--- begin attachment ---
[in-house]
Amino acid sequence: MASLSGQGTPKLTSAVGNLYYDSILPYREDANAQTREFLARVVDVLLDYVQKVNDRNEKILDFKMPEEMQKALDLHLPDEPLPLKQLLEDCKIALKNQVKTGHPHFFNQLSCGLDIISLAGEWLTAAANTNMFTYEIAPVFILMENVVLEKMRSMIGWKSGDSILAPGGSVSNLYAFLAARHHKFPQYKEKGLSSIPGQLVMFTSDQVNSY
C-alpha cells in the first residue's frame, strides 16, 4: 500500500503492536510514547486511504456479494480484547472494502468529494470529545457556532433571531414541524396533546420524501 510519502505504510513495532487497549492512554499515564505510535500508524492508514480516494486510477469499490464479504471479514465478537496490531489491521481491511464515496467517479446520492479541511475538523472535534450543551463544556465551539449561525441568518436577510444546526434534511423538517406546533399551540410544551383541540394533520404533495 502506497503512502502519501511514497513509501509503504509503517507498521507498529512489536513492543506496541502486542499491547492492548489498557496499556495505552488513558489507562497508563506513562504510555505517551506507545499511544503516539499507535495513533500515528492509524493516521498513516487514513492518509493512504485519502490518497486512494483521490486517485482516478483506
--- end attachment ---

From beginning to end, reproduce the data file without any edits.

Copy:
[in-house]
Amino acid sequence: MASLSGQGTPKLTSAVGNLYYDSILPYREDANAQTREFLARVVDVLLDYVQKVNDRNEKILDFKMPEEMQKALDLHLPDEPLPLKQLLEDCKIALKNQVKTGHPHFFNQLSCGLDIISLAGEWLTAAANTNMFTYEIAPVFILMENVVLEKMRSMIGWKSGDSILAPGGSVSNLYAFLAARHHKFPQYKEKGLSSIPGQLVMFTSDQVNSY
C-alpha cells in the first residue's frame, strides 16, 4: 500500500503492536510514547486511504456479494480484547472494502468529494470529545457556532433571531414541524396533546420524501 510519502505504510513495532487497549492512554499515564505510535500508524492508514480516494486510477469499490464479504471479514465478537496490531489491521481491511464515496467517479446520492479541511475538523472535534450543551463544556465551539449561525441568518436577510444546526434534511423538517406546533399551540410544551383541540394533520404533495 502506497503512502502519501511514497513509501509503504509503517507498521507498529512489536513492543506496541502486542499491547492492548489498557496499556495505552488513558489507562497508563506513562504510555505517551506507545499511544503516539499507535495513533500515528492509524493516521498513516487514513492518509493512504485519502490518497486512494483521490486517485482516478483506